crime and partisanship, 2008
brad sends word of topline results for a december 2007 crime poll. the research was conducted by third way, with the report authored by jim kessler, rachel laser, michael earls, and nikki yamashiro.
the upshot is that americans still see crime as a very serious issue, they are split about equally with regard to whether democrats or republicans would best respond to crime, and they favor (compulsory) rehabilitation programs. here's the full text:
Third Way Crime Poll -- Topline Highlights
These are the highlights of a 1,139 person survey conducted by Cooper & Secrest Associates, December 15–19, 2007 on voter attitudes toward crime.
Americans View Crime as a Resurgent Threat
Although, crime does not rival the economy or Iraq as a front burner issue, there are clear indications that the public is becoming more concerned about the issue.
• 57% rate crime as a “very serious” issue
• By a 56-11% margin, the public believes there is more crime rather than less crime in America than one year ago
• 78% say that children are more vulnerable to crime than ten years ago
• By a 69-19% margin, Americans feel that crime is more of a threat to their own safety than terrorism
Most Americans Are Non-Ideological Pragmatists on Crime
Our research identified three distinct groups of Americans on the crime issue. The most prominent was the 55% of Americans whom we call “Solve-the-Problem” voters. They are non-ideological pragmatists who are open to a very active government role in crime prevention and intervention if properly designed and framed to emphasize personal responsibility. These voters are evenly divided between Democrats and Republicans and are dispersed evenly throughout the country. The remaining two groups are far more ideological. “Throw-the-Book” voters comprise a small minority of the population and oppose any efforts at changing criminal behavior beyond enforcement and prison. They are overwhelmingly conservative. “Read-a-Book” voters believe wholeheartedly in rehabilitation and are far more likely to be liberal than the general population. They rank crime lower as an issue and see crime as slightly less of a threat to themselves.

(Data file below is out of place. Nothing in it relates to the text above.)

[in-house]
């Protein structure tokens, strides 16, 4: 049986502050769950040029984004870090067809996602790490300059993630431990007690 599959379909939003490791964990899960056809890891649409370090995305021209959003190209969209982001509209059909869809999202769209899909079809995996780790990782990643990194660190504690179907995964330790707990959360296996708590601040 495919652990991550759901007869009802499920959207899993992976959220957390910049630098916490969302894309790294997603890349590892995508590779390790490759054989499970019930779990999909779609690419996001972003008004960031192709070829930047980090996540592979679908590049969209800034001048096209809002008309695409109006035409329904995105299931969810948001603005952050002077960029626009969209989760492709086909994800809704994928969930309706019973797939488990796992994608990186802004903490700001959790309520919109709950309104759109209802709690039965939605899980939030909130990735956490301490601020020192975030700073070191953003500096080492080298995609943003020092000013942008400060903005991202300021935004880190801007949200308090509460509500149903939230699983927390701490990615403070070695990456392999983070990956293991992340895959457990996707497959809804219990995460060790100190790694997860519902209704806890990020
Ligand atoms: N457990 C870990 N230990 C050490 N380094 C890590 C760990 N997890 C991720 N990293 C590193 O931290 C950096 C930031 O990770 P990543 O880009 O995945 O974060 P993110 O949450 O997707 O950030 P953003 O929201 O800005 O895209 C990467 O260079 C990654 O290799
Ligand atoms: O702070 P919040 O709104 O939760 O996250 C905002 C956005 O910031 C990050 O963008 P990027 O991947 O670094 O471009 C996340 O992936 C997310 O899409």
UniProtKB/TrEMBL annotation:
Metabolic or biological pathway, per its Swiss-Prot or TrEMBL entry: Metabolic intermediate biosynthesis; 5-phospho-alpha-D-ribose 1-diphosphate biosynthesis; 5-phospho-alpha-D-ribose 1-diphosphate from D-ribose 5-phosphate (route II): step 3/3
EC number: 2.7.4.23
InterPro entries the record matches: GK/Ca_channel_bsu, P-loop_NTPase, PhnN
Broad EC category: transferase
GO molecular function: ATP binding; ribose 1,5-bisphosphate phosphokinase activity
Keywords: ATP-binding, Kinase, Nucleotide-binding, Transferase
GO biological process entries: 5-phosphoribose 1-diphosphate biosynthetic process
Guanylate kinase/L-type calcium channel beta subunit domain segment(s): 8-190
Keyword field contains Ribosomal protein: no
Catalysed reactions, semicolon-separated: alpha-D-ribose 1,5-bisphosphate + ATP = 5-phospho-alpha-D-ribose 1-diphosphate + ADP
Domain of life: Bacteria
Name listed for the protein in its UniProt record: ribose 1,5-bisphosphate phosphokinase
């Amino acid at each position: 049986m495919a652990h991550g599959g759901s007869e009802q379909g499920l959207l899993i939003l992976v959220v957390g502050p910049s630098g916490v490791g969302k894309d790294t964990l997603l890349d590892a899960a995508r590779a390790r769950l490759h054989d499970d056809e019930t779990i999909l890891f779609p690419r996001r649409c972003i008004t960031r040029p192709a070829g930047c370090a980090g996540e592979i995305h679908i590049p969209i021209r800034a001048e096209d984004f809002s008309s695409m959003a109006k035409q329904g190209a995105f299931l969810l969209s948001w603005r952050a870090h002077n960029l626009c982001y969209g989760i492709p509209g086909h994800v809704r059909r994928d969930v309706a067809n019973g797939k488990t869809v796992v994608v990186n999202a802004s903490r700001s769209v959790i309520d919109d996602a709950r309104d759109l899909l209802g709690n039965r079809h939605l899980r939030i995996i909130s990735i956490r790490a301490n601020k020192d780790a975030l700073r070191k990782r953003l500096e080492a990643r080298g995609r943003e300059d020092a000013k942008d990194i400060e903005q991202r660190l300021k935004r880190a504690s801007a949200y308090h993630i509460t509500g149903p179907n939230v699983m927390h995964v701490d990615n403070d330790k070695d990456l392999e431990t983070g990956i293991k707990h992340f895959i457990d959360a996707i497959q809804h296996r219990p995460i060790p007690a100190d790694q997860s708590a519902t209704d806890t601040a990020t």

Democrats and Republicans are at Parity on the Crime Issue
When asked who would do a better job of “working to reduce crime,” 33% chose Democrats, 31% chose Republicans, and 36% volunteered “not sure” or “neither party.” Compared to the 1970s and 80s, when the country trusted only conservatives to combat crime, our polling indicates that there has been a significant shift in public opinion towards parity. However, Americans still have distinct preconceptions about both parties’ approaches to the issue. They see Democrats as too quick to blame crime on circumstances, like bad schools, broken families, and dysfunctional neighborhoods. They see Republicans as holding individuals responsible for their own actions, but straying too far towards punitive sentencing for crime.
Voters Favor Intervention Efforts to Reduce Crime
There is strong support for programs aimed at reducing crime, but those designed to make people improve and take responsibility scored the best. For example, when prison rehabilitation programs were defined as a requirement of, not a benefit for, prisoners—support soared. Specifically, a policy forcing prisoners “to work, get an education, and learn skills because they need to be productive when they get out” scored 36-points higher (with 91% approval) than one providing prisoners who have “difficult family, economic or mental health circumstances” with the “proper counseling and training they need to be rehabilitated.”